Registration unit 111, call handling unit 113 and call forwarding unit 115 may be realized as part of a processor, such as a digital signal processor (DSP). Such a DSP may also be configured to control base unit 109 to perform conventional functions in addition to the functions described herein with respect to the invention.
Base unit 109 may also include a registration status indicator 117 and a status updating unit 119, which may be realized separate from the aforementioned components, or may be realized as part of the same processor as the aforementioned components. The registration status indicator 117 maintains an indication of a registration status for individual handsets, such as handset 107. The status information includes, for example, an identification of a base unit, if any, with which the handset 107 is registered. The registration unit 111 and the status updating unit 119 update the registration status indicator when there is a change in registration status.
According to the invention, a user can have multiple base units 109 positioned, for example, at multiple locations, and each capable of communicating with handset 107 via an RF link when handset 107 is in range of and registered with the base unit 109. For example, a user may have a first base unit 109h at a home location, and a second base unit 109w at a work location. The base units 109 communicate with each other via the PSTN to inform each other of the registration status of handset 107.
For example, according to the invention, a user may take the handset 107 with her when she leaves home, and may then register the handset with a base unit 109w at her office when she arrives for work. The home base unit 109h, when not in proximity to the handset, responds to an incoming call in various ways. For example, it may act as an answering machine according to conventional answering machine functionality contained therein to store a message from an incoming caller, or it may forward the call to the work base unit 109w (and hence to the handset 107) if the handset 107 has been registered with the work base unit 109w.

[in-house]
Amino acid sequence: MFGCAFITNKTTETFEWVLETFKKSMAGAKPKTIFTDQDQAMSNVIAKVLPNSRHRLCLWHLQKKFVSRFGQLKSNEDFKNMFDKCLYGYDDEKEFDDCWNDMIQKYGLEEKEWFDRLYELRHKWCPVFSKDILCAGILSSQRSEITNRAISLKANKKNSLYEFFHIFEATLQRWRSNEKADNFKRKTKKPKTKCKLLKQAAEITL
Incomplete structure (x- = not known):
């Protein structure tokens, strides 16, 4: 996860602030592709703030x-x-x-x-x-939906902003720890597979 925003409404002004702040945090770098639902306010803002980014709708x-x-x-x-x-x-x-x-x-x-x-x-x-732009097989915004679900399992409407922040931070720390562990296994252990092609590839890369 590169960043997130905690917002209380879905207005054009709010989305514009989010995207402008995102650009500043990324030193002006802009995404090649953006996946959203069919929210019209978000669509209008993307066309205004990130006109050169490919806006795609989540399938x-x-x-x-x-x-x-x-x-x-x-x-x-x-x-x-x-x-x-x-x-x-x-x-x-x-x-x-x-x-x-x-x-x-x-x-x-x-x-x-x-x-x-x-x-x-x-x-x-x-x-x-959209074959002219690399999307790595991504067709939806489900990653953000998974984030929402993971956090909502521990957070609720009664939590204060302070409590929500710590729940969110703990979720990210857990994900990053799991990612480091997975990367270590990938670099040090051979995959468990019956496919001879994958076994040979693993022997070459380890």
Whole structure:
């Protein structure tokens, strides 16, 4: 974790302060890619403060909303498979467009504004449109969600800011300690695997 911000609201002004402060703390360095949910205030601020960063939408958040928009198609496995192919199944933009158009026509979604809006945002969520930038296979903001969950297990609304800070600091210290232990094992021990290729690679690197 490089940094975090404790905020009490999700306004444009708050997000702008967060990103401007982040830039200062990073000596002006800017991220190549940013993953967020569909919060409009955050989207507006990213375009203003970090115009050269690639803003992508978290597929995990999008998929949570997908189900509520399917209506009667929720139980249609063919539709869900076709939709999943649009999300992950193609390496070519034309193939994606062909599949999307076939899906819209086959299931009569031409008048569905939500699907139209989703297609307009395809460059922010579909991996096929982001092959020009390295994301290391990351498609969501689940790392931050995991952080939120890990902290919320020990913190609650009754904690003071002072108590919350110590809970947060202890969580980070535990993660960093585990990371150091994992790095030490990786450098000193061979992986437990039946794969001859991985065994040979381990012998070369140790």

The process to accomplish the aforementioned call forwarding method can include the feature of the work base unit 109w communicating with the home base unit 109h to let the home base unit 109h know when the handset 107 is registered with the work base unit 109w and when the handset is out-of-range/unregistered with the work base unit 109w. The handset 107 may optionally be a dual mode handset, such that it is able to operate as a cellular phone to receive forwarded calls when the handset 107 is not registered with either the home or work base units 109w. Such dual mode functionality is described, for example, in U.S. Pat. No. 5,550,895, issued to Burson et. al., and incorporated herein by reference.
The example provided above assumes a simplistic model comprising two locations. A greater number of work and home locations can be accommodated as long as each location has a base unit 109, and preferably, as long as the base units 109 have the ability to communicate amongst themselves so that each base unit 109 knows which, if any, of the base units 109 is the currently registered base unit for forwarding purposes.
FIG. 2 provides a flowchart showing an example of the roaming procedure. Step 202 shows an initial condition wherein handset 107 is initially registered with the user's home base unit 109h. The home base unit 109h has informed the work base unit 109w that the handset is registered with the home base unit 109h by placing a call to the work base unit 109w at the time the handset became registered with the home base unit 109h. The home base unit 109h is associated with a home telephone number, and the work base unit 109w is associated with a work telephone number.
At step 204, an incoming telephone call to the home telephone number is received by the home base unit 109h and processed in a conventional manner after home base unit 109h determines that handset 107 is registered therewith. For example, the incoming telephone call is received by call handling unit 113 of home base unit 109h via the telephone line interface (TLI). Call handling unit 113 checks with the registration status indicator 117 to determine the registration status of handset 107, and based on the status of handset 107 as being locally registered, call handling unit 113 processes the call in a conventional manner, enabling communications over the RF link between handset 107 and base unit 109h.